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May 23, 1980 - Image 30

Resource type:
Text
Publication:
The Detroit Jewish News, 1980-05-23

Disclaimer: Computer generated plain text may have errors. Read more about this.

THE DETROIT JEWISH NEWS

30 Friday, May 23, 1980

Wind Ensemble
Opens Auditions

Danny Raskin's

LISTENING
POST

By I.M. RAVEN

Guest Columnist

"We stand today on the
edge of a new frontier — the
frontier of the 1960s, a fron-
tier of unknown oppor-
tunities and perils, a fron-
tier of unfulfilled hopes and
threats." — John F. Ken-
nedy, July 1960.
Those same words could
be said of the 1980s. Leaders
change and so do the prob-
lems, but in many ways
time stands still. Was 1960
only yesterday and the day
before?
Lapel buttons in that de-
cade gave people a way of
expressing their views on a
variety of controversial is-
sues. They said "Burn Baby
Burn," "Hippy Power,"
"Suppose Theyr Gave a War
and Nobody Came." "I Am a
Human Being; Do Not Fold,
Spindle or Mutilate," and
"Ban the Bra."
For Kennedy and Jac-
kie it was Camelot. They
believed the glow from
the fire of energy, faith
and devotion could truly
light the world. That light
faded when Kennedy was
assasinated in Dallas.
Kids in the Haight-
Ashbury section of San
Francisco called themselves
"beautiful freaks." We
called them "hippies" or
"flower children."
Beatles John Lennon,
Paul McCartney, George
Harrison and Ringo Starr
cavorted in the "Yellow
Submarine." "Hippies" with
long hair, ragged blue jeans,
feathers, baubles and beads
held love-ins and listened to
rock and blues music in
Woodstock, N.Y. They wore
funny clothes, smoked pot
and made love.
Bob Dylan, rock poet of
the Now Generation, sang
"Like a Rolling Stone."
That's how a lot of kids felt
in the 1960s so they decided
to live together in com-
munes. And young rebels
got caught up in
psychedelia triggered by
music, sex' and drugs.
Kids went to pot and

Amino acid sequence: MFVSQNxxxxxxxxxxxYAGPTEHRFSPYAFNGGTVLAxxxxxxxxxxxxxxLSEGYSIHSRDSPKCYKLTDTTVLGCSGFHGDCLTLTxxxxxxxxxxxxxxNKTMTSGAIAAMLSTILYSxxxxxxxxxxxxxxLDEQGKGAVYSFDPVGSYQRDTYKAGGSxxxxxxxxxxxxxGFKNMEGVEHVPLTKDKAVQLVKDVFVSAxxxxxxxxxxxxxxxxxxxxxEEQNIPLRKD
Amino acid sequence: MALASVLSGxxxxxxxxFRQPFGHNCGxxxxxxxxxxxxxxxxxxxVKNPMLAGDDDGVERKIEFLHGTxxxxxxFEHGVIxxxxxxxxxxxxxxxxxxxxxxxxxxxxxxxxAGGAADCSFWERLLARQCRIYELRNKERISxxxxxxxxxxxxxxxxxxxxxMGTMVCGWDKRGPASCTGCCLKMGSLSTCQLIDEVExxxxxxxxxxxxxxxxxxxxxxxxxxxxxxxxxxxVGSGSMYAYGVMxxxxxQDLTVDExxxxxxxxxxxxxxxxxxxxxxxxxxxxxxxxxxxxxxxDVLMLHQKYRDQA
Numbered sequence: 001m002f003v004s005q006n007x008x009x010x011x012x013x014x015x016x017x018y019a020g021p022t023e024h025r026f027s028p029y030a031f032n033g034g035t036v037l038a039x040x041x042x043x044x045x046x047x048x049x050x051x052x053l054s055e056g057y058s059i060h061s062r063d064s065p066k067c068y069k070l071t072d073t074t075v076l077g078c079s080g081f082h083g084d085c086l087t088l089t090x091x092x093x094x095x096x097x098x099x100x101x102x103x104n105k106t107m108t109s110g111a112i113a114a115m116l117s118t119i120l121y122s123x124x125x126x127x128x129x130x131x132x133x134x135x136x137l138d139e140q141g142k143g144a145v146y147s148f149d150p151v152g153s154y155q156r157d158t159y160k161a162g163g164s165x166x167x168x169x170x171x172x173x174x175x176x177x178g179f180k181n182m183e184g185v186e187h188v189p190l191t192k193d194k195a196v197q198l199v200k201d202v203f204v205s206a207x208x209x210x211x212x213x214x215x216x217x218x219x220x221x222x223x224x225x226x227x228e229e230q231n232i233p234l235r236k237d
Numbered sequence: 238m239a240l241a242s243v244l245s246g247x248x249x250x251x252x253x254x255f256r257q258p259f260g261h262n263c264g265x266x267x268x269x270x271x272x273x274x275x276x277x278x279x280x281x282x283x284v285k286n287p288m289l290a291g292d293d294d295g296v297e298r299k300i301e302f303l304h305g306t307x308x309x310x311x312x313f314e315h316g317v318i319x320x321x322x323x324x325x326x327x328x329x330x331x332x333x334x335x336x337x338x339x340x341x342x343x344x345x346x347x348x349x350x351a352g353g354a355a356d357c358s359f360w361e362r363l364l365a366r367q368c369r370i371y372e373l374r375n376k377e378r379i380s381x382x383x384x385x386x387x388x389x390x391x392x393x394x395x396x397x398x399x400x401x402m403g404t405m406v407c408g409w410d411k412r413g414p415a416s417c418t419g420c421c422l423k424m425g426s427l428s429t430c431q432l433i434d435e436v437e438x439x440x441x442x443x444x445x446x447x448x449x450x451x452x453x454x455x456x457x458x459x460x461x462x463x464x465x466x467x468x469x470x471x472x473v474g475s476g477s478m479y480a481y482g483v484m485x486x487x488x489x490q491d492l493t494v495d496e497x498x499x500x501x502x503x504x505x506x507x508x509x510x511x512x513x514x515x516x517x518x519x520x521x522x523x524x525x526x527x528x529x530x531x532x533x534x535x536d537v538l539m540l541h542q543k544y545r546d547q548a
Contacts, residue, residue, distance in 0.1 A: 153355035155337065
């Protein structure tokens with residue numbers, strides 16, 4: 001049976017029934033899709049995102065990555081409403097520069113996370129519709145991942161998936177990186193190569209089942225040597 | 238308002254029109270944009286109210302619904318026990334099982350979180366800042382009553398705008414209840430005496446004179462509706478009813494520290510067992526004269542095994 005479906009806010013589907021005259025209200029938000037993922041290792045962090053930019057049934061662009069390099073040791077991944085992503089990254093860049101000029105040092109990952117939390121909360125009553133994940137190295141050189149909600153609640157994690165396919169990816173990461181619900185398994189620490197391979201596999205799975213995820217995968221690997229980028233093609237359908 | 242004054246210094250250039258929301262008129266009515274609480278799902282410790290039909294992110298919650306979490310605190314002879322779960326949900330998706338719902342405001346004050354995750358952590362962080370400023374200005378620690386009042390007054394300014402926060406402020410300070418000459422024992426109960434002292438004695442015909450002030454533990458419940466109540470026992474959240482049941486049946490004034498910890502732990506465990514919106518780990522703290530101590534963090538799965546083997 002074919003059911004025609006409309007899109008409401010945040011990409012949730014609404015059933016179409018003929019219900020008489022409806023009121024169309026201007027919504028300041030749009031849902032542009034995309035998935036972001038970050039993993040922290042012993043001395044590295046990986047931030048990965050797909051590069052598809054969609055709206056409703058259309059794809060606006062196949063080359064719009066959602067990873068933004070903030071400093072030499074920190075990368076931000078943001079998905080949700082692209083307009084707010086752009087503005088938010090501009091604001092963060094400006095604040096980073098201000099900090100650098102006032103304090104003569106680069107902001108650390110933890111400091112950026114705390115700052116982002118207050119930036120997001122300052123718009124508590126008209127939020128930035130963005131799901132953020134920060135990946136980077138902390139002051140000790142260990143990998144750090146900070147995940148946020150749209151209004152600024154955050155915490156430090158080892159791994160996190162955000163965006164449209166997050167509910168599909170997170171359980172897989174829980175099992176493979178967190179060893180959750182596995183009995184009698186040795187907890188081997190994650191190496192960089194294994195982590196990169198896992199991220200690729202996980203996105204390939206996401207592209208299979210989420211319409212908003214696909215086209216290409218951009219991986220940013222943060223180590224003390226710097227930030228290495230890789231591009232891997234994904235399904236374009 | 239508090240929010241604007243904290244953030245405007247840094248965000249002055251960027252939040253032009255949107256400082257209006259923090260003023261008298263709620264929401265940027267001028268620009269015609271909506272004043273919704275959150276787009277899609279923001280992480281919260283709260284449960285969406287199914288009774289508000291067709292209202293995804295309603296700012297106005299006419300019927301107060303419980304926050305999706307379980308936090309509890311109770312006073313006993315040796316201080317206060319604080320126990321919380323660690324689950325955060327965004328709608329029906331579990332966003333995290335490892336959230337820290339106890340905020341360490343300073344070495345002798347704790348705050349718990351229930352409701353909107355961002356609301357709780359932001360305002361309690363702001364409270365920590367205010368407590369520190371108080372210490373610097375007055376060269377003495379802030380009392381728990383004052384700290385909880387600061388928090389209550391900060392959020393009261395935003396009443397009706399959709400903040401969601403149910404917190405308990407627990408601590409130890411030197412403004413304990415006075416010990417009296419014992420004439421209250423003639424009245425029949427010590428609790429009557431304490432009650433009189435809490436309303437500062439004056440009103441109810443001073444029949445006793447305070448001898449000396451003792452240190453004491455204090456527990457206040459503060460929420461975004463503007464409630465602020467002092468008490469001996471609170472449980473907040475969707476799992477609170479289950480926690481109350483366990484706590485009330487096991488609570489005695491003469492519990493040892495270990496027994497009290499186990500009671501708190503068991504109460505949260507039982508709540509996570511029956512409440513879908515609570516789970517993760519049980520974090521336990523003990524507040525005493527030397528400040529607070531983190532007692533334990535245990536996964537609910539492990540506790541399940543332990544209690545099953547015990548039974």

other drugs, joined Hare
Krishna cults and staged
protests against war.
Two days after Kennedy
was murdered, Lee Os-
wald, who was arrested
for the shooting, was kil-
led by nightclub owner
Jack Ruby. OsWald was
shot in full view of mil-
lions of America-ns
watching TV.
That was Nov. 24, 1963.
In April 1968, civil rights
leader Martin Luther King,
Jr. was killed in Memphis
by ex-convict James Earl
Ray. In June, Sen. Robert
Kennedy was assassinated
by Sirhan Sirhan, a Jorda-
nian immigrant.
Kids continued to show
their rebellion against con-
vention by the outlandish
way they dressed. Then
came Twiggy in a miniskirt
and she set a new trend.
During the long, hot

summer of 1967, a race riot
broke out in Detroit and $44
million worth of property
crumbled. What was worse
were 42 deaths and 386 per-
sons injured after nine days
of burning and looting.
"Black is beautiful"
was the slogan of black
Americans learning to
respect their self-images
and heritage. Malcolm X
led the search for African
cultural roots.
President
Lyndon
Johnson rode horseback on
his Texas ranch. Julie
Nixon and David
Eisenhower got married.
Andy Warhol started a
pop-art revolution with
soup cans. Hollywood's sex
symbol was Raquel Welch.
Dan Rowan and Dick Mar-
tin's "Laugh-in" was the
most popular show on TV.
Jackie Kennedy married
Greek shipping tycoon Aris-
totle Onassis.
University of California
drop-out Jerry Rubin and
fellow militant Abbie
Hoffman organized the
"Yippie§" and held a mock
convention in Chicago.
Sen. Eugene McCarthy
campaigned for President
by challenging the war in
Vietnam and attracting a
devoted following of youths.
Tiny Tim squeaked "Tiptoe
Through the Tulips" and
Johnny Carson topped the
late night TV talk shows.
David Brinkley and Chet
Huntley were the decade's
top team of newscasters.
Chicago Mayor
Richard Dailey won na-
tional recognition during
the 1968 Democratic
Convention when his
police force beat up
young demonstrators.
Dr. Benjamin Spock, who
wrote the world's best-
selling baby book, coun-
seled young people on
how to evade the draft.
Jacqueline Susann's
"Valley of the Dolls" was a
best-seller and so was Betty
Friedan's "The Feminine
Mystique." The book
sparked the Women's Lib-
eration movement.
Richard Nixon beat
Hubert Humphrey for the
Presidency in 1968 and Vice
President Spiro Agnew
preached to anti-war pro-
testors. Cassius Clay won
the world heavyweight box-
ing championship.
There were more Doves
than Hawks during the war
in Vietnam and science fic-
tion came true in the space
age.
That was the 1960s.
There may never be a de-
cade like it. But it's too soon
to tell what the 1980s will
bring.

Prejudices, it is well
known, are most difficult to
eradicate from the heart
whose soil has never been
loosened or fertilized by
education; they grow there,
firm as weeds among stones.
—Charlotte Bronte

Auditions for the new
Sarin Symphonic Wind
Ensemble of Southfield for
gifted high school-age
musicians in southeastern
Michigan will be held June
7 and 8 at Southfield Parks
and Recreation Building.
For appointments for
auditions, call Marlow Bal-
langer, cultural arts direc-
tor, 354-4717.

celebrate your
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Reservations Accepted

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Mini•Vacations Minutes Away.

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HONEYMOONING

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t •

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